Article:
In the previous sections we discussed setting up admin accounts and managing printers via group policy. For this installment we will touch on the third section: mapping drives. Without further ado we will jump straight in! We will start with setting up company shares and will then show you the same steps again but this time with user shares as the target and the last bit of this article will show you another layer: item level targeting
1) As you will most likely have guessed we need to go back into the group policy management interface
2) We will start by navigating to “User Configuration”, “Windows Settings” then the “Drive Maps” section
3) From here you will be creating the mappings. There are 4 options: create, update, replace and delete. I will use the create action but the others can be used as needed
4) Right click in the “Drive Maps” window and select “New”, “Mapped Drive”. This will bring up the following window
5) Select the create action to create your first new drive mapping (Yay!)
6) Enter the UNC path to the share. As you learned if you read the previous post on Printer Mapping in GP you will know that you need to create the share (and actually share it) first
7) Now you will pick the drive letter for the mapping
8) You can specify the connection options if you want. For this exercise I will leave them blank. In practice, you should not need to set this unless the share requires special permissions (which most don’t)
9) Then you can select the Hide/Show setting if needed. Again, that is up to you and is not required for setting up a basic share
10) Click Okay and watch the magic happen. Seriously, that is all it takes.
11) So in the preamble I told you that we will also cover user shares. The truth is that we have to do the same steps again but with one small change: In the location section just enter the user variable (%username%)
12) The one “gotcha” here is that the user share must exist on the server in the given path. So one of the first steps (or you can do it now if it was not already done) is to create a share on the server for the user and name it with the same name as the user logon account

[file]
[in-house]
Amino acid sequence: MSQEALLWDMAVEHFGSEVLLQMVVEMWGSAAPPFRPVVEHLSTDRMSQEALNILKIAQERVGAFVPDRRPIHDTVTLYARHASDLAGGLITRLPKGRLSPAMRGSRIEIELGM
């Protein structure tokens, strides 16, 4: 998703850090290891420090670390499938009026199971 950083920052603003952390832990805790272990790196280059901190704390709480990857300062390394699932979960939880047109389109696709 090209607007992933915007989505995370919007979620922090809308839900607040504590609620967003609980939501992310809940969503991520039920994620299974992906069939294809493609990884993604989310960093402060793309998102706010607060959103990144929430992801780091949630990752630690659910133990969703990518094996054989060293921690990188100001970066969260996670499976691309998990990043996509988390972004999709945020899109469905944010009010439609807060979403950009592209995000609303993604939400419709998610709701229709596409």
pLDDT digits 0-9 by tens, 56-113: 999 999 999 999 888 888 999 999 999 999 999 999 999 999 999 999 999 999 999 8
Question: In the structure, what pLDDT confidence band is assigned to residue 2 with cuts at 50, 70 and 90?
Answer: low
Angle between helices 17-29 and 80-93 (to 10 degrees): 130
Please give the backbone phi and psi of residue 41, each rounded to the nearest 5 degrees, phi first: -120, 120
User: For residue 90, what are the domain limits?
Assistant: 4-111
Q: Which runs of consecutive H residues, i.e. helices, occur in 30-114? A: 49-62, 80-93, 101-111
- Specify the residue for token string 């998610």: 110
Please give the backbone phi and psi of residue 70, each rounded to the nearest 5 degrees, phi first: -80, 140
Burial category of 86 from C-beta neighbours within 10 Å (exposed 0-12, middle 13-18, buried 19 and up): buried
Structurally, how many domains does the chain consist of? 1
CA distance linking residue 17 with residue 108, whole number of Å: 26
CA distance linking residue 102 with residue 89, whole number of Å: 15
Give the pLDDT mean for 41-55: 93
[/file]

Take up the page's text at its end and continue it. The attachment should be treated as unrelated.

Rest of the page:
13) Here comes the last bit of wisdom for drive mappings: Item Level Targeting. This nifty little option allows you to pick only certain users to have the mapping. I use this to create a “Tech” share that only members of the technical team can see even though it is part of the same policy that all user get. It helps keep GP a little cleaner and easier to manage. Don’t’t worry – the mapping is not hidden from the other users: it is not there. We target a group (or a particular user) and if you are not in the group (or are not the user) the share will not map so it remains totally secure
14) So this is how to do it. Click on the “Common” tab and select “Item-level Targeting” and click the button
15) Pick the group/user in question and like that, you are done
So there you have it. Corporate and user shares all mapped and uniform for everyone. We also targeted the tech team and gave them access to a share only for them even though we did not have to create a whole new policy for them. There are a few little tricks and tips I will impart with you before we wrap up: make sure to select the create action or the drive will not show up and remember to map the GP to the OU in question and make sure the user/group is in the same OU.
This is the last posting in my tour of Group policy. I hope you learned a lot and feel much more comfortable to use this amazing tool. Once you get used to the interface and terminology you will start to see that it is not so intimidating. As a parting piece of advice: the settings that can be controlled via GP are virtually endless. I covered a few of the common ones but there is so much more to play with. Build yourself a test environment or a test machine and start looking around – life is so much easier when it is well managed and GP does this and more!
Keep you stick on the ice!